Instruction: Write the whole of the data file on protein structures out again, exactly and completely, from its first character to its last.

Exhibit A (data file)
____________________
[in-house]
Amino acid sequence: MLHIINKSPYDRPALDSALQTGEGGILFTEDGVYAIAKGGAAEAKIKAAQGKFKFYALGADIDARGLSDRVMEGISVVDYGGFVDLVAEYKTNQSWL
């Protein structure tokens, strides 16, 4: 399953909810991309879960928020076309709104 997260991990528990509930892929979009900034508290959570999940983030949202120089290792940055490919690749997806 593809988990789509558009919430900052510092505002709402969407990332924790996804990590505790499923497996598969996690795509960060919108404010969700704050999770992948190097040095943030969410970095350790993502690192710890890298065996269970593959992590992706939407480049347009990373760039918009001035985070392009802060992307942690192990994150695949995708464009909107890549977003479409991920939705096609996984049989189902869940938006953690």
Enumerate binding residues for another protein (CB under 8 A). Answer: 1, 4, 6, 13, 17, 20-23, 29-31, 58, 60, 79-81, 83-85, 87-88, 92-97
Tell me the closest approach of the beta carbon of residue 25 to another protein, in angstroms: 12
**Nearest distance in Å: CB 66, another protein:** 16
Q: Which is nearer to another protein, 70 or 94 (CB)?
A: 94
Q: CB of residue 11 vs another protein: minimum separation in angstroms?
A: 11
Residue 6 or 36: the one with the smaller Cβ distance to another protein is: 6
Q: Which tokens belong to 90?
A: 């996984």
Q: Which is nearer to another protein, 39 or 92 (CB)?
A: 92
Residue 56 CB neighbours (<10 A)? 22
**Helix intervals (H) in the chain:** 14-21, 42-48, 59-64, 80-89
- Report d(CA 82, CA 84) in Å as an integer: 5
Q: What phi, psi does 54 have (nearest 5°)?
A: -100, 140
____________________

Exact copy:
[in-house]
Amino acid sequence: MLHIINKSPYDRPALDSALQTGEGGILFTEDGVYAIAKGGAAEAKIKAAQGKFKFYALGADIDARGLSDRVMEGISVVDYGGFVDLVAEYKTNQSWL
């Protein structure tokens, strides 16, 4: 399953909810991309879960928020076309709104 997260991990528990509930892929979009900034508290959570999940983030949202120089290792940055490919690749997806 593809988990789509558009919430900052510092505002709402969407990332924790996804990590505790499923497996598969996690795509960060919108404010969700704050999770992948190097040095943030969410970095350790993502690192710890890298065996269970593959992590992706939407480049347009990373760039918009001035985070392009802060992307942690192990994150695949995708464009909107890549977003479409991920939705096609996984049989189902869940938006953690």
Enumerate binding residues for another protein (CB under 8 A). Answer: 1, 4, 6, 13, 17, 20-23, 29-31, 58, 60, 79-81, 83-85, 87-88, 92-97
Tell me the closest approach of the beta carbon of residue 25 to another protein, in angstroms: 12
**Nearest distance in Å: CB 66, another protein:** 16
Q: Which is nearer to another protein, 70 or 94 (CB)?
A: 94
Q: CB of residue 11 vs another protein: minimum separation in angstroms?
A: 11
Residue 6 or 36: the one with the smaller Cβ distance to another protein is: 6
Q: Which tokens belong to 90?
A: 């996984």
Q: Which is nearer to another protein, 39 or 92 (CB)?
A: 92
Residue 56 CB neighbours (<10 A)? 22
**Helix intervals (H) in the chain:** 14-21, 42-48, 59-64, 80-89
- Report d(CA 82, CA 84) in Å as an integer: 5
Q: What phi, psi does 54 have (nearest 5°)?
A: -100, 140